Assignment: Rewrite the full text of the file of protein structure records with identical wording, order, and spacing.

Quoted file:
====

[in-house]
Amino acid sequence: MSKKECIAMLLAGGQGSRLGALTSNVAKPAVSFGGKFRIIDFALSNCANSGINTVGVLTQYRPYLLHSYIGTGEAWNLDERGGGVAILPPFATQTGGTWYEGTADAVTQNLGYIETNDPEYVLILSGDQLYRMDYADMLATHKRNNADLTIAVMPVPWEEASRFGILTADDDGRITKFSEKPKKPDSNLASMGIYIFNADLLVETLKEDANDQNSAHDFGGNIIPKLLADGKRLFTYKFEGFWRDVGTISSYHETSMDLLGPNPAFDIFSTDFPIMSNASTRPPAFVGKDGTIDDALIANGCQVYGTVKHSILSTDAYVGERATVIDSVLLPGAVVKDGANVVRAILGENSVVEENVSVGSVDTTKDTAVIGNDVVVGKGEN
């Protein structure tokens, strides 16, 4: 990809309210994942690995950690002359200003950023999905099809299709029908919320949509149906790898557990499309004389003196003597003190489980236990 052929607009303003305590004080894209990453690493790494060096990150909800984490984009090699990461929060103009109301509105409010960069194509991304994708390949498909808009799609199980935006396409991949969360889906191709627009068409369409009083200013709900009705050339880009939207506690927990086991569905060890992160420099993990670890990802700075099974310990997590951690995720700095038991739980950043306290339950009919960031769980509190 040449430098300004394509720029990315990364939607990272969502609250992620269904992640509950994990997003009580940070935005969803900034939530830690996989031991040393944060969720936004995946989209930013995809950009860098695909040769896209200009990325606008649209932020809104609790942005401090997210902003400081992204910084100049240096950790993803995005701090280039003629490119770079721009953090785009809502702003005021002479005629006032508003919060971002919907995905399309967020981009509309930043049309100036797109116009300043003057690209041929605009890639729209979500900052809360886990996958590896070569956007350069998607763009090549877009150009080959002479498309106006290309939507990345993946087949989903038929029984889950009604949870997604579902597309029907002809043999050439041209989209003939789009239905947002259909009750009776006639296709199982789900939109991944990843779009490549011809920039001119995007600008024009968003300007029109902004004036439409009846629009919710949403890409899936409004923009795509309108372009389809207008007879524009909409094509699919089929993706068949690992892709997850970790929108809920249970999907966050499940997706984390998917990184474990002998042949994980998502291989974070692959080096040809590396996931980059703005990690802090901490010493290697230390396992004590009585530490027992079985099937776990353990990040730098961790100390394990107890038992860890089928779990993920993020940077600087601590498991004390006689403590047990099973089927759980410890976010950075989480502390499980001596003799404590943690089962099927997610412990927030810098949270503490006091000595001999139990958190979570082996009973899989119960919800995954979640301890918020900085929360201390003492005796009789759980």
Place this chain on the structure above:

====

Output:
[in-house]
Amino acid sequence: MSKKECIAMLLAGGQGSRLGALTSNVAKPAVSFGGKFRIIDFALSNCANSGINTVGVLTQYRPYLLHSYIGTGEAWNLDERGGGVAILPPFATQTGGTWYEGTADAVTQNLGYIETNDPEYVLILSGDQLYRMDYADMLATHKRNNADLTIAVMPVPWEEASRFGILTADDDGRITKFSEKPKKPDSNLASMGIYIFNADLLVETLKEDANDQNSAHDFGGNIIPKLLADGKRLFTYKFEGFWRDVGTISSYHETSMDLLGPNPAFDIFSTDFPIMSNASTRPPAFVGKDGTIDDALIANGCQVYGTVKHSILSTDAYVGERATVIDSVLLPGAVVKDGANVVRAILGENSVVEENVSVGSVDTTKDTAVIGNDVVVGKGEN
């Protein structure tokens, strides 16, 4: 990809309210994942690995950690002359200003950023999905099809299709029908919320949509149906790898557990499309004389003196003597003190489980236990 052929607009303003305590004080894209990453690493790494060096990150909800984490984009090699990461929060103009109301509105409010960069194509991304994708390949498909808009799609199980935006396409991949969360889906191709627009068409369409009083200013709900009705050339880009939207506690927990086991569905060890992160420099993990670890990802700075099974310990997590951690995720700095038991739980950043306290339950009919960031769980509190 040449430098300004394509720029990315990364939607990272969502609250992620269904992640509950994990997003009580940070935005969803900034939530830690996989031991040393944060969720936004995946989209930013995809950009860098695909040769896209200009990325606008649209932020809104609790942005401090997210902003400081992204910084100049240096950790993803995005701090280039003629490119770079721009953090785009809502702003005021002479005629006032508003919060971002919907995905399309967020981009509309930043049309100036797109116009300043003057690209041929605009890639729209979500900052809360886990996958590896070569956007350069998607763009090549877009150009080959002479498309106006290309939507990345993946087949989903038929029984889950009604949870997604579902597309029907002809043999050439041209989209003939789009239905947002259909009750009776006639296709199982789900939109991944990843779009490549011809920039001119995007600008024009968003300007029109902004004036439409009846629009919710949403890409899936409004923009795509309108372009389809207008007879524009909409094509699919089929993706068949690992892709997850970790929108809920249970999907966050499940997706984390998917990184474990002998042949994980998502291989974070692959080096040809590396996931980059703005990690802090901490010493290697230390396992004590009585530490027992079985099937776990353990990040730098961790100390394990107890038992860890089928779990993920993020940077600087601590498991004390006689403590047990099973089927759980410890976010950075989480502390499980001596003799404590943690089962099927997610412990927030810098949270503490006091000595001999139990958190979570082996009973899989119960919800995954979640301890918020900085929360201390003492005796009789759980």
Place this chain on the structure above: